Hello from Topeka! Welcome to the 2018 Session. The first week was filled with the usual committee reorganization and hearing from the Governor on the State of the State. Once again, this year I am pleased to be serving as vice-chairman of Water & Environment committee and a member on the Taxation, Transportation committees.
Since the end last session, and the ruling by the Kansas Supreme Court, we knew the biggest issue we will face is school finance. Some see a simple remedy, adding an additional $600 million to K-12, but will that solve the challenge we face?
At the heart of the conflict before us is our charge to provide the resources necessary for a suitable education that meets the Court’s vague definition of these measures. Our constituents have entrusted us with the job of balancing the State budget and investing their tax dollars prudently and judiciously. Mental health, early childhood, foster care and infrastructure needs are among the many areas we must invest in for the quality of life of our citizens. The rubber has hit the road. With all of these competing priorities, how can we find peace and instill stability?
Decisions on budgeting require scrutinizing and prioritizing. Stability is based in decisions that consider the needs of today and the expectations and demands of tomorrow. For many years now, the process has instead revolved around mandates asking us to prioritize one State function over all others.
It is important to all of us that have been elected as a member of the Kansas Legislature that we need to keep the big picture in mind and not one issue over all others.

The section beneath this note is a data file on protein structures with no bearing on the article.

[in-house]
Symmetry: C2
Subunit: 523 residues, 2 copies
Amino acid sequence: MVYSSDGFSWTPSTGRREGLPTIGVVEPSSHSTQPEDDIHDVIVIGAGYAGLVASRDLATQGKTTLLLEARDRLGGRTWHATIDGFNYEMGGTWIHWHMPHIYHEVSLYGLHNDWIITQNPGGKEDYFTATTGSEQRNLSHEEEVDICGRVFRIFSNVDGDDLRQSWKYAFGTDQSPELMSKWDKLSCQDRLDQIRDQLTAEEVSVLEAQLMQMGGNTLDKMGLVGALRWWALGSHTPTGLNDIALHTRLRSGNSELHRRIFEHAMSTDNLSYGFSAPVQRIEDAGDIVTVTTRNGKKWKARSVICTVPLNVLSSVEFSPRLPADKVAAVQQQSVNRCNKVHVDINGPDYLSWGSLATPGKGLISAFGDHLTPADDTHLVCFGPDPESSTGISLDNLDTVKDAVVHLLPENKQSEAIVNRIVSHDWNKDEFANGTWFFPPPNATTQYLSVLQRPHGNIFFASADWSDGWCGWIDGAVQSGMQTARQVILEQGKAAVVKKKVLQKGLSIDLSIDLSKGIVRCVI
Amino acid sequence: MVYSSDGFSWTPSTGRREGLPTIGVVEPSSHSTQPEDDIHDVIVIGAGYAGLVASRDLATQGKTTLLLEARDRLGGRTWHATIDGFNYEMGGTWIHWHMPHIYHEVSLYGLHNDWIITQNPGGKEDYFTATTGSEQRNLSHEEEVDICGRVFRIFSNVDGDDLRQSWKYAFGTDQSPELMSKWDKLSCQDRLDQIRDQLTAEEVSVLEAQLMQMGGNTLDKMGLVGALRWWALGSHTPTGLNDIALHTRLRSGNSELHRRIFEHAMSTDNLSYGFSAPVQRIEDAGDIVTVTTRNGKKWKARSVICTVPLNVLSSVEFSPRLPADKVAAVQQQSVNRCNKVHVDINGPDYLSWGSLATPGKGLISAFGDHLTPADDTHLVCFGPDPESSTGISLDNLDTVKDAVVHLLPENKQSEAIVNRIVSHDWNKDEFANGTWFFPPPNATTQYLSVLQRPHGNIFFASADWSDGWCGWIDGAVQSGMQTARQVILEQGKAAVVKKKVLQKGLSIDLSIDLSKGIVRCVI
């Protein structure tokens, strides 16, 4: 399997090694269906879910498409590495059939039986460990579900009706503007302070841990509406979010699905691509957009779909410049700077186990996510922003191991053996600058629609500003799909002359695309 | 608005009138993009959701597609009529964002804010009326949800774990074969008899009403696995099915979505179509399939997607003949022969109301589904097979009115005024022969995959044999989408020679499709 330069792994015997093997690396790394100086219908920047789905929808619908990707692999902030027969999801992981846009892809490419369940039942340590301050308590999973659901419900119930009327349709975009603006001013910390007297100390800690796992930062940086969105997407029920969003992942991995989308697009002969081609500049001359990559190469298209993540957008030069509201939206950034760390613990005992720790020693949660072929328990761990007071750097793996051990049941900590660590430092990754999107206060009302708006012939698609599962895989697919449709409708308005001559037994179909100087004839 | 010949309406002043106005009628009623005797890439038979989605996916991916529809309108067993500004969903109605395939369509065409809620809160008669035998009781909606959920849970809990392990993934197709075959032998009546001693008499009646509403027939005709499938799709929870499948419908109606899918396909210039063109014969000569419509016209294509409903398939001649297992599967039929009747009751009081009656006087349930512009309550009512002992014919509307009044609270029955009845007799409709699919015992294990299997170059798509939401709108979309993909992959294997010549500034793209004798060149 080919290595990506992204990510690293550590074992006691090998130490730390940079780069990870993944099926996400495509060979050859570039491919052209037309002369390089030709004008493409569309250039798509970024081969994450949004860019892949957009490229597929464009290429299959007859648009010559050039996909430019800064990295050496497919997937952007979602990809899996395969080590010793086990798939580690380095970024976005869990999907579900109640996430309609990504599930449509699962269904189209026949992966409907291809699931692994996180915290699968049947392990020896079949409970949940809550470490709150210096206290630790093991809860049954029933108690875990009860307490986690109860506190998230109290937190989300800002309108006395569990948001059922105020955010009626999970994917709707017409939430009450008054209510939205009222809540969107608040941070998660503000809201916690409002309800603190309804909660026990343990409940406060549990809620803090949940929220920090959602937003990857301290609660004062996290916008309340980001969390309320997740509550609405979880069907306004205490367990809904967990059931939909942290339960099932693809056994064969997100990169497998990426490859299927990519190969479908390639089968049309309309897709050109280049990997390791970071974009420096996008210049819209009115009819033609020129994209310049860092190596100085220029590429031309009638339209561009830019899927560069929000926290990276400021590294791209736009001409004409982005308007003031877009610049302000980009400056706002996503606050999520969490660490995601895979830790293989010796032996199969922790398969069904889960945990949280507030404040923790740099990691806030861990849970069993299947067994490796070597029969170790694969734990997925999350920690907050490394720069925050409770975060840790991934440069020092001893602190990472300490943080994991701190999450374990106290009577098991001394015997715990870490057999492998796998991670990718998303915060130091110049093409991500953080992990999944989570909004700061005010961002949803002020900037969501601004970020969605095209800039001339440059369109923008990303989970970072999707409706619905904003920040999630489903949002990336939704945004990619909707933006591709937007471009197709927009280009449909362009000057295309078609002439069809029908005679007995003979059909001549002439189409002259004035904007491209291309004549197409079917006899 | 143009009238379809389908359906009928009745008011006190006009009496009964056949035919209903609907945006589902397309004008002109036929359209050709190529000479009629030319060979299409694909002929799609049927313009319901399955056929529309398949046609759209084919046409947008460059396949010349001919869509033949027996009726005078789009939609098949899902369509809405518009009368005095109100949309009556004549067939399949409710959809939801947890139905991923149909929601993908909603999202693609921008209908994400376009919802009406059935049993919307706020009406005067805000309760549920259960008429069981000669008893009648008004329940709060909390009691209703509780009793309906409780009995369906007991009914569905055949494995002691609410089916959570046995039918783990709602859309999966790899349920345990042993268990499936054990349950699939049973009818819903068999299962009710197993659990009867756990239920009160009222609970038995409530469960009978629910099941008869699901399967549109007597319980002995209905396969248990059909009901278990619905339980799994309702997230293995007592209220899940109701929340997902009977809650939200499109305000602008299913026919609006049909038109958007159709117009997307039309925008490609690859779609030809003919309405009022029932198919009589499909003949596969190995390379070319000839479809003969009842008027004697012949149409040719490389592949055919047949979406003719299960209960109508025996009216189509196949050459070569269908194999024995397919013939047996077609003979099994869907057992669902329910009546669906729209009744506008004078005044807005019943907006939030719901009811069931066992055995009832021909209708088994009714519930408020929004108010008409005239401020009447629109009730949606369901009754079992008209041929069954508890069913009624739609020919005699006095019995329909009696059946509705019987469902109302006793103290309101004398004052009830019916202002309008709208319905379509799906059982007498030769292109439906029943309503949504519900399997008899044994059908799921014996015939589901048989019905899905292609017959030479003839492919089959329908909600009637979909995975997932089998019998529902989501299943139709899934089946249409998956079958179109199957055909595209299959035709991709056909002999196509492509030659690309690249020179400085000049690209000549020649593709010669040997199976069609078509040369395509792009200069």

School funding dominates our state budget. It is shortsighted to suggest that these other terribly important areas do not also lend to the needs of our communities and their public schools.
As I said earlier, Governor Brownback presented the annual State of the State Address to the on the second day of the session. He reported that the state of our state is “indeed strong and very promising,” as also unveiled his plan to inject $600 million into K-12 education over five years, however, he did not provide any method to fund such an increase. He also noted the need to hire additional teachers and increase their salaries.
The State General Fund (SGF) profile of the Governor’s Budget shows a $300.7 million deficit for FY ’20, even with assuming that the Highway Fund sweep and transfer from the CIF continue.
The Governor’s Education proposal is financed partially by a $13.9 million transfer from the Children’s Initiative Fund (CIF). Of the $200.8 million added for FY ’19, $87.8 million SGF was included in 2017 SB 19. The Governor adds an additional $100 million SGF for following four Fiscal Years.
The Governor’s Budget Report does not fully fund KPERS for FY ’19. The $194 million payment that was delayed will not be made, it does not restore the four percent cuts made to Higher Education along with not funding enhancement requests requested by the Judicial Branch.
The Governor’s Budget Report does contain $190.7 million of enhancement requests, which includes his new school funding proposal. This amount does not include K-12 and Health and Human Services Caseloads and KPERS School contributions.
While I appreciate the effort to put forth a budget proposal, this one has landed with a big thud. I hope to learn more in tax committee this week.
If you come to Topeka during the session, my office is in Room: 352-S. My phone number is (785) 296- 7463 and email is: firstname.lastname@example.org and my cell number is (785) 302-8416.
It is my honor to by your representative.